"The Global Hawk program has demonstrated its utility in U.S. military operations in Iraq, Afghanistan and Libya, as well as its utility in humanitarian operations in Japan and Haiti,” the company said.
Deputy Defense Secretary Ashton Carter said Thursday that the Block 30, one of four variants of the Global Hawk, “priced itself out of the niche for taking pictures in the air.”
“We will continue to use the U-2 — that's a disappointment to us,” Carter said. “We had hoped to replace the U-2 with the Global Hawk, but the Global Hawk became expensive. And that's the fate of things that become too expensive in a resource-constrained environment.”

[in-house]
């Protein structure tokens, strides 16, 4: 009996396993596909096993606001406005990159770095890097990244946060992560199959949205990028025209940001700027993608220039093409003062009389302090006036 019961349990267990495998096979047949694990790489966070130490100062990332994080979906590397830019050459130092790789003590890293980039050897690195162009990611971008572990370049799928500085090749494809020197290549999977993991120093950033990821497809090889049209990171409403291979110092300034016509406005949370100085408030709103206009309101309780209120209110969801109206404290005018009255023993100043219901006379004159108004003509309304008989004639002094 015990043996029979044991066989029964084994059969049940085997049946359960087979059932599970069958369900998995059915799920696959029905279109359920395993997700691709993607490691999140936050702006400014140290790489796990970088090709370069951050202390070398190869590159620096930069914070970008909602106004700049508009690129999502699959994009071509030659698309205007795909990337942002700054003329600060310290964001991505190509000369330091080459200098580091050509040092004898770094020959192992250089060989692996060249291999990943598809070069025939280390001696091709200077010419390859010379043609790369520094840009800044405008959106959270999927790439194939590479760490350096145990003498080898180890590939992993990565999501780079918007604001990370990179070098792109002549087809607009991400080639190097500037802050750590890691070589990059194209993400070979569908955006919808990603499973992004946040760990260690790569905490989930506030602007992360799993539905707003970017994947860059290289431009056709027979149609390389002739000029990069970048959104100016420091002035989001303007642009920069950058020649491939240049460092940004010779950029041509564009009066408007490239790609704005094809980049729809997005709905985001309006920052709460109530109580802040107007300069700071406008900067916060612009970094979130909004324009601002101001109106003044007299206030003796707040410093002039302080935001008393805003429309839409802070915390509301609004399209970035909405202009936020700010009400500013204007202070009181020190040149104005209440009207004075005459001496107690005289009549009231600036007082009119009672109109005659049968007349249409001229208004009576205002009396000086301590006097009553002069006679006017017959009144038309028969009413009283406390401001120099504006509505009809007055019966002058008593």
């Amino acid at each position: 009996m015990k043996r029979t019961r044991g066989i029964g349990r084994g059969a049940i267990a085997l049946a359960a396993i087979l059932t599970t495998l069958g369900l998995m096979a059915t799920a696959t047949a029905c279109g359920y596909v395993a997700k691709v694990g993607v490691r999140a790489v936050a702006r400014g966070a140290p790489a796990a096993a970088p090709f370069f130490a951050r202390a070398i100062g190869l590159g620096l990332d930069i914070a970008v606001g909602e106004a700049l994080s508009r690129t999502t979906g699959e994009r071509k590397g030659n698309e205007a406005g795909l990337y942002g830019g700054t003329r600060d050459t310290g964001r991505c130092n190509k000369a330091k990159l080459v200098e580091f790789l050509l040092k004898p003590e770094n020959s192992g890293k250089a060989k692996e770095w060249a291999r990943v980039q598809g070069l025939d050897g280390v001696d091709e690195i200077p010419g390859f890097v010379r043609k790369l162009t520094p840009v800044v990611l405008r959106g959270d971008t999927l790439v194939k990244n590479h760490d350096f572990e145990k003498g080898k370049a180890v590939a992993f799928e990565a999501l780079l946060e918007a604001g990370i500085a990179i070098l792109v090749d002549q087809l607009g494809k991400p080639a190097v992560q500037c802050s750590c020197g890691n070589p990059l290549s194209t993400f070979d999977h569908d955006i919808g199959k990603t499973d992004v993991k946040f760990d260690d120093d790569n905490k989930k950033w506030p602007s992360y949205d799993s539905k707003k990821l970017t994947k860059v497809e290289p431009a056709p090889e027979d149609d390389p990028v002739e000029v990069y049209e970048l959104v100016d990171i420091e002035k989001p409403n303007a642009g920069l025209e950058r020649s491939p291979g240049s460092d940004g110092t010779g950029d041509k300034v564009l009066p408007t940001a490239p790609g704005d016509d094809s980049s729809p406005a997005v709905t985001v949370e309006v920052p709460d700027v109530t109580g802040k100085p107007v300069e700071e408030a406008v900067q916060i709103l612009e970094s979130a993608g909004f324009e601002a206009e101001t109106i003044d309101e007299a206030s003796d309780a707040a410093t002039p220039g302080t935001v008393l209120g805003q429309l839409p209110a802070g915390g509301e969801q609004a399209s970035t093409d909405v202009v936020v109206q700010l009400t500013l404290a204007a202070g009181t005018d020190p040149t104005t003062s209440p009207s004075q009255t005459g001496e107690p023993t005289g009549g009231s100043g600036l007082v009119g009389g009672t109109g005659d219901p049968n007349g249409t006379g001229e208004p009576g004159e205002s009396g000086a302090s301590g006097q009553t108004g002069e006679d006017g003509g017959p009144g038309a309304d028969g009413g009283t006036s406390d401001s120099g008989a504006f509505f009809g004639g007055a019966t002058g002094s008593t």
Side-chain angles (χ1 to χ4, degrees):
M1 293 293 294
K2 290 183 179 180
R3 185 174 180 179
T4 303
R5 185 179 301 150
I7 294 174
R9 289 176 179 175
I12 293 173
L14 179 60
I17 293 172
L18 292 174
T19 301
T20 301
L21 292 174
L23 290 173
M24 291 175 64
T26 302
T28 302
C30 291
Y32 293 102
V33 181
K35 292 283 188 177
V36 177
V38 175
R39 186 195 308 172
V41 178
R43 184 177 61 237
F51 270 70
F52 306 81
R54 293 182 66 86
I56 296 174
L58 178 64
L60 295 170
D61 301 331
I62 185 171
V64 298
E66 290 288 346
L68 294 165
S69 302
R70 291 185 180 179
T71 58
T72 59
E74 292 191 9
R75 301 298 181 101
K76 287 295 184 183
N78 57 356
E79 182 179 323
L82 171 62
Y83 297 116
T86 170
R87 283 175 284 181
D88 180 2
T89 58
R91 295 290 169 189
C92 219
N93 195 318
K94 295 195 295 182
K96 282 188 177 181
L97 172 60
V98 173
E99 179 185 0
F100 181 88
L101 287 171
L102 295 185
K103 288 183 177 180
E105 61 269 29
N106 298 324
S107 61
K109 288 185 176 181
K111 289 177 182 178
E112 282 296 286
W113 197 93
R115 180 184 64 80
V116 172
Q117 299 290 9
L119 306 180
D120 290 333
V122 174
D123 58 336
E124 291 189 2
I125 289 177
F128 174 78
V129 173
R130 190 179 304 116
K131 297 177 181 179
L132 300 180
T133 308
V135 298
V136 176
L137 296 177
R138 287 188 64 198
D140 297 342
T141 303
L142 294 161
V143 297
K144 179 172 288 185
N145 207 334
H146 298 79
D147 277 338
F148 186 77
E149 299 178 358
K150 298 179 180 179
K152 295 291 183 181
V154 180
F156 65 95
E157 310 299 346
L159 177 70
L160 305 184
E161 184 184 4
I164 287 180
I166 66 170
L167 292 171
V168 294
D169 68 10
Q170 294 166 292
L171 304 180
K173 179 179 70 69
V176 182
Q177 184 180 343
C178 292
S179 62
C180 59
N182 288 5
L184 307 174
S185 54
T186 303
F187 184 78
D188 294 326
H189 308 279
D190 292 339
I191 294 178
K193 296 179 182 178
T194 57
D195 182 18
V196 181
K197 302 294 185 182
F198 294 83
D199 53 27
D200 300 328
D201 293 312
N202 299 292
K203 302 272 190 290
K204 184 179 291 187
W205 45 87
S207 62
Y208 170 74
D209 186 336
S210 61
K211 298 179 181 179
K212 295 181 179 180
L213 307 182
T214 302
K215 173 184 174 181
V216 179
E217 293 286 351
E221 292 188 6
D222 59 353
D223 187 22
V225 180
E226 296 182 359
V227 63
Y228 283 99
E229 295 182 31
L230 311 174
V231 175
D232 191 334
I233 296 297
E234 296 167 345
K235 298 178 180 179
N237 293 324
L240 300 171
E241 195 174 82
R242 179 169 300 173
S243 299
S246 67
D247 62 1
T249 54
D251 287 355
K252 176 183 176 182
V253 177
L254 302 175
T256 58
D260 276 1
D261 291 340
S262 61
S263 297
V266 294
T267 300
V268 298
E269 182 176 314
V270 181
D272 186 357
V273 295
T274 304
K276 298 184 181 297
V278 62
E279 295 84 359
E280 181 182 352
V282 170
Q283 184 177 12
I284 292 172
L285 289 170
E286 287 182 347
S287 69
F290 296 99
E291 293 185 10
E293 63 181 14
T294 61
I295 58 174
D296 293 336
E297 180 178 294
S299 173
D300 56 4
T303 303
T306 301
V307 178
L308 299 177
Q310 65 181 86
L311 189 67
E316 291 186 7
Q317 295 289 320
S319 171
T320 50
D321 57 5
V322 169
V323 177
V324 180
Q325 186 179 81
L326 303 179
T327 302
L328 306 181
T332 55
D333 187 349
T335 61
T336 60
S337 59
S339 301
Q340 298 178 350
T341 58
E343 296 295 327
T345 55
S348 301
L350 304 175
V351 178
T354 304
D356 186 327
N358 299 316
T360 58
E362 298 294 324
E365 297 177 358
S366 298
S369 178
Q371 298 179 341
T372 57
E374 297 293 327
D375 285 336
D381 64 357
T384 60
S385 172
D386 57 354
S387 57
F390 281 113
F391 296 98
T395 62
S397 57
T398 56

But Northrop brought up a statement from the
Pentagon about the Global Hawk Block 30 from last year, which said: “The
continuation of the program is essential to the national security.”
"There are no alternatives to the program which will provide
acceptable capability to meet the joint military requirement at less cost," the statement read.